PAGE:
Walk down the streets of most big California cities and it’s easy to forget that cannabis is still an illicit drug. Between the state’s massive medical marijuana market and generally relaxed attitudes on consumption, it sometimes feels as though cannabis in California already legal.
But it’s not. And a new study proves it. Thousands of people in the state are jailed on cannabis charges—and only cannabis charges—each year.
In 2015, an estimated 2,139 people in California were convicted, sentenced, and jailed for offenses that involved only cannabis, according to a study commissioned by Drug Policy Action, the political action arm of the Drug Policy Alliance. That’s a decline of 21 percent from the 2,665 people jailed for cannabis-only offenses in 2010, the year before a statewide decriminalization measure took effect.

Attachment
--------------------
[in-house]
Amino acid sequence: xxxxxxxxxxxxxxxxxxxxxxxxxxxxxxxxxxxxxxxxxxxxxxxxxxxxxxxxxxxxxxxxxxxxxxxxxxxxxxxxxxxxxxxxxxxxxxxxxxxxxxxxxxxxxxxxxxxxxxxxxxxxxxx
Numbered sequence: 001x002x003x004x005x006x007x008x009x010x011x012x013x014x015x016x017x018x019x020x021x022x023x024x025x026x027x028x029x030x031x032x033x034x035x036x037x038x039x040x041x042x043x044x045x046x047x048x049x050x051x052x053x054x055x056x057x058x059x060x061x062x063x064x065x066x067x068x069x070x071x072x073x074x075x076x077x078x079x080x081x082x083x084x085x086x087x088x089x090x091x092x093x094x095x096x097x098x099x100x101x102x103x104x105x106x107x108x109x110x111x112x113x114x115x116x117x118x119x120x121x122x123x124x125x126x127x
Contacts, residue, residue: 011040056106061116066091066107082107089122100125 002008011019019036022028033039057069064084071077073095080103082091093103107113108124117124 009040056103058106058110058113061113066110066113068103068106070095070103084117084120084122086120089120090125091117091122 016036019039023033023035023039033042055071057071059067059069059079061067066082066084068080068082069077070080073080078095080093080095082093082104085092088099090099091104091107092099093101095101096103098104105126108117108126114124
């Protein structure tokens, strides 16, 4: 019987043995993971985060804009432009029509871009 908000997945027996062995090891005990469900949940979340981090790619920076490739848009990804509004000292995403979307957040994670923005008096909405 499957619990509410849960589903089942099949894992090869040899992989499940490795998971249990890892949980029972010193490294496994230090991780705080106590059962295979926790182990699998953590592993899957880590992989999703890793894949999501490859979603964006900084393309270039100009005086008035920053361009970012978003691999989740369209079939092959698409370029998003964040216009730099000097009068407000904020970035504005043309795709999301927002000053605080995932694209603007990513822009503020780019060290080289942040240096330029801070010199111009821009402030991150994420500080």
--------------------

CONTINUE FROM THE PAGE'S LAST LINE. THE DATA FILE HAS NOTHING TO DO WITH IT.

The fact that so many people are still in jail for cannabis alone is exactly why full-scale, adult-use legalization is so important, said the group, which has endorsed Prop. 64, a measure on the Nov. 8 ballot that would legalize adult-use cannabis. It’s a sentiment echoed by John Kagia, an executive vice president at Washington DC-based Frontier Finance Group, which conducted the study.
“One of the things that we have been hearing a lot in this debate from opponents is that nobody goes to jail for marijuana offenses,” Kagia said. “This settles that argument. That is not true. We have the hard data from the counties to prove that.”
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